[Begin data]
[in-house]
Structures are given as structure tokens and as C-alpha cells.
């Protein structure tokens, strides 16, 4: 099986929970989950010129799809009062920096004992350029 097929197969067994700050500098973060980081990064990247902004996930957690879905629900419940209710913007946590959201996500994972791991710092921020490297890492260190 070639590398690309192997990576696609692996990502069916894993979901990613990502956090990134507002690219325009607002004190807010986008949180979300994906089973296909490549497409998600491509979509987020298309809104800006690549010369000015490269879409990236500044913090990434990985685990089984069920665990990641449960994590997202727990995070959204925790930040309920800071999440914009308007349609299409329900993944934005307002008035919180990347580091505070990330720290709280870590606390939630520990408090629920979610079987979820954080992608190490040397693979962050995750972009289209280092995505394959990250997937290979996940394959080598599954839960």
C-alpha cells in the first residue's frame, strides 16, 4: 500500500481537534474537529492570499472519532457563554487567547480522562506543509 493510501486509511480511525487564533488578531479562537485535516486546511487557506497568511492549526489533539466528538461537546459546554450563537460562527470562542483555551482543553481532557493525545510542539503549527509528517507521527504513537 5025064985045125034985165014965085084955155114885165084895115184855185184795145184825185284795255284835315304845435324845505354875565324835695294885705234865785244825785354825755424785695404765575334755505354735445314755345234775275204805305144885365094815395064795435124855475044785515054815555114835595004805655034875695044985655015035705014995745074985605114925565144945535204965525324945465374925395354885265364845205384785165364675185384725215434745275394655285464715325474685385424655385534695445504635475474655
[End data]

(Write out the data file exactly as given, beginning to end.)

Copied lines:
[in-house]
Structures are given as structure tokens and as C-alpha cells.
């Protein structure tokens, strides 16, 4: 099986929970989950010129799809009062920096004992350029 097929197969067994700050500098973060980081990064990247902004996930957690879905629900419940209710913007946590959201996500994972791991710092921020490297890492260190 070639590398690309192997990576696609692996990502069916894993979901990613990502956090990134507002690219325009607002004190807010986008949180979300994906089973296909490549497409998600491509979509987020298309809104800006690549010369000015490269879409990236500044913090990434990985685990089984069920665990990641449960994590997202727990995070959204925790930040309920800071999440914009308007349609299409329900993944934005307002008035919180990347580091505070990330720290709280870590606390939630520990408090629920979610079987979820954080992608190490040397693979962050995750972009289209280092995505394959990250997937290979996940394959080598599954839960």
C-alpha cells in the first residue's frame, strides 16, 4: 500500500481537534474537529492570499472519532457563554487567547480522562506543509 493510501486509511480511525487564533488578531479562537485535516486546511487557506497568511492549526489533539466528538461537546459546554450563537460562527470562542483555551482543553481532557493525545510542539503549527509528517507521527504513537 5025064985045125034985165014965085084955155114885165084895115184855185184795145184825185284795255284835315304845435324845505354875565324835695294885705234865785244825785354825755424785695404765575334755505354735445314755345234775275204805305144885365094815395064795435124855475044785515054815555114835595004805655034875695044985655015035705014995745074985605114925565144945535204965525324945465374925395354885265364845205384785165364675185384725215434745275394655285464715325474685385424655385534695445504635475474655